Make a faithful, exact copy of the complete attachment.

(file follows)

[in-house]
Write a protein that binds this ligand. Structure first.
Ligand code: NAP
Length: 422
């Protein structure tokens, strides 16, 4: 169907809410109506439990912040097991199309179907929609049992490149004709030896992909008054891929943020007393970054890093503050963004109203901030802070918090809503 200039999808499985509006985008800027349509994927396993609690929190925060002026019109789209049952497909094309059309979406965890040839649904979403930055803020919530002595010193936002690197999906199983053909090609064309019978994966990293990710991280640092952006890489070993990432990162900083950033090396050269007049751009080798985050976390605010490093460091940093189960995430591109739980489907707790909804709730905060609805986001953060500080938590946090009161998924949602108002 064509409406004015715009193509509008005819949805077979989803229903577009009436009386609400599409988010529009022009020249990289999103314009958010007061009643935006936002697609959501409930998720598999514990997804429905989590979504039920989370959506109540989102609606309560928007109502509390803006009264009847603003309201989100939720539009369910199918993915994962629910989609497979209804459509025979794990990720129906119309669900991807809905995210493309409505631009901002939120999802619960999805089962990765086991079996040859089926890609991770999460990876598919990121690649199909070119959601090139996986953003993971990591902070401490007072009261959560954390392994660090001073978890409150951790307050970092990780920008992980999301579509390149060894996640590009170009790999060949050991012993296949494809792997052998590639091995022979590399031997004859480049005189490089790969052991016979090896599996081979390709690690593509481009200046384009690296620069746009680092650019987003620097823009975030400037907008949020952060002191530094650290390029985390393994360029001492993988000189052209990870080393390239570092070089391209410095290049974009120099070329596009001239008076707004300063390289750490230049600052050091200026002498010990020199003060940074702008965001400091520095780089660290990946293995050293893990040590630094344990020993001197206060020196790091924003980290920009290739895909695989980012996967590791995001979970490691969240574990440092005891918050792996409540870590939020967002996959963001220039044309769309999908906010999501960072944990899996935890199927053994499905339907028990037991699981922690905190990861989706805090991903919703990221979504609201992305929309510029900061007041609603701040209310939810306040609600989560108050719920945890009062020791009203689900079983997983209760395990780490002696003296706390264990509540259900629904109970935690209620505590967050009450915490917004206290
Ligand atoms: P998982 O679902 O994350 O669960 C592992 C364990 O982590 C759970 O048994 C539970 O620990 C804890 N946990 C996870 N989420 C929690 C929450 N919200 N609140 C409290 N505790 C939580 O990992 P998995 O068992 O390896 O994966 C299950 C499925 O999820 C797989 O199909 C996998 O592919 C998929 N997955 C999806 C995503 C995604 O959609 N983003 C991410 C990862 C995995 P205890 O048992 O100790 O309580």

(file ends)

[in-house]
Write a protein that binds this ligand. Structure first.
Ligand code: NAP
Length: 422
């Protein structure tokens, strides 16, 4: 169907809410109506439990912040097991199309179907929609049992490149004709030896992909008054891929943020007393970054890093503050963004109203901030802070918090809503 200039999808499985509006985008800027349509994927396993609690929190925060002026019109789209049952497909094309059309979406965890040839649904979403930055803020919530002595010193936002690197999906199983053909090609064309019978994966990293990710991280640092952006890489070993990432990162900083950033090396050269007049751009080798985050976390605010490093460091940093189960995430591109739980489907707790909804709730905060609805986001953060500080938590946090009161998924949602108002 064509409406004015715009193509509008005819949805077979989803229903577009009436009386609400599409988010529009022009020249990289999103314009958010007061009643935006936002697609959501409930998720598999514990997804429905989590979504039920989370959506109540989102609606309560928007109502509390803006009264009847603003309201989100939720539009369910199918993915994962629910989609497979209804459509025979794990990720129906119309669900991807809905995210493309409505631009901002939120999802619960999805089962990765086991079996040859089926890609991770999460990876598919990121690649199909070119959601090139996986953003993971990591902070401490007072009261959560954390392994660090001073978890409150951790307050970092990780920008992980999301579509390149060894996640590009170009790999060949050991012993296949494809792997052998590639091995022979590399031997004859480049005189490089790969052991016979090896599996081979390709690690593509481009200046384009690296620069746009680092650019987003620097823009975030400037907008949020952060002191530094650290390029985390393994360029001492993988000189052209990870080393390239570092070089391209410095290049974009120099070329596009001239008076707004300063390289750490230049600052050091200026002498010990020199003060940074702008965001400091520095780089660290990946293995050293893990040590630094344990020993001197206060020196790091924003980290920009290739895909695989980012996967590791995001979970490691969240574990440092005891918050792996409540870590939020967002996959963001220039044309769309999908906010999501960072944990899996935890199927053994499905339907028990037991699981922690905190990861989706805090991903919703990221979504609201992305929309510029900061007041609603701040209310939810306040609600989560108050719920945890009062020791009203689900079983997983209760395990780490002696003296706390264990509540259900629904109970935690209620505590967050009450915490917004206290
Ligand atoms: P998982 O679902 O994350 O669960 C592992 C364990 O982590 C759970 O048994 C539970 O620990 C804890 N946990 C996870 N989420 C929690 C929450 N919200 N609140 C409290 N505790 C939580 O990992 P998995 O068992 O390896 O994966 C299950 C499925 O999820 C797989 O199909 C996998 O592919 C998929 N997955 C999806 C995503 C995604 O959609 N983003 C991410 C990862 C995995 P205890 O048992 O100790 O309580």